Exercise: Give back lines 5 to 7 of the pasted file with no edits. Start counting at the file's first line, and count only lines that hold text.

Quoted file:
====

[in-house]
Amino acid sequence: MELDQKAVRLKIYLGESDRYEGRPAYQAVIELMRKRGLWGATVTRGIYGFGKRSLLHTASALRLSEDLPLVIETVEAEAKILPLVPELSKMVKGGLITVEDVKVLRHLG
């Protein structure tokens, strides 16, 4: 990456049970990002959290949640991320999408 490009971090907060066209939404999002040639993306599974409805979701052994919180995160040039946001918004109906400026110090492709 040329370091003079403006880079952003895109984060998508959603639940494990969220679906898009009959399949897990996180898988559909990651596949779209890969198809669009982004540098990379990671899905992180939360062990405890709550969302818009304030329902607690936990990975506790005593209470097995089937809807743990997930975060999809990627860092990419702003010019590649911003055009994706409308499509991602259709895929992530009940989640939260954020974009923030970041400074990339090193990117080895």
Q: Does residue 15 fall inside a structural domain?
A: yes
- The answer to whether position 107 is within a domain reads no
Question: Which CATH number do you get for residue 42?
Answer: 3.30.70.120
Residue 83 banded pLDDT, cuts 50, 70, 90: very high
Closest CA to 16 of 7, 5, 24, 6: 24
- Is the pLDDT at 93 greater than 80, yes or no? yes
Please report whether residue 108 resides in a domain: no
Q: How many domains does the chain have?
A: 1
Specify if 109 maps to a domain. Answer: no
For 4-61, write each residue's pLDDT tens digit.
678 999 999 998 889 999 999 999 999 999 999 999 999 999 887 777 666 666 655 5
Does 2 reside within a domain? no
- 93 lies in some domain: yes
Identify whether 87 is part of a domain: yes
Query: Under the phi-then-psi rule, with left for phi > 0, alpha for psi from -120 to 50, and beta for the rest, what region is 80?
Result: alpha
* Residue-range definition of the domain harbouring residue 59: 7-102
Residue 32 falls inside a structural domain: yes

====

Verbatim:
A: yes
- The answer to whether position 107 is within a domain reads no
Question: Which CATH number do you get for residue 42?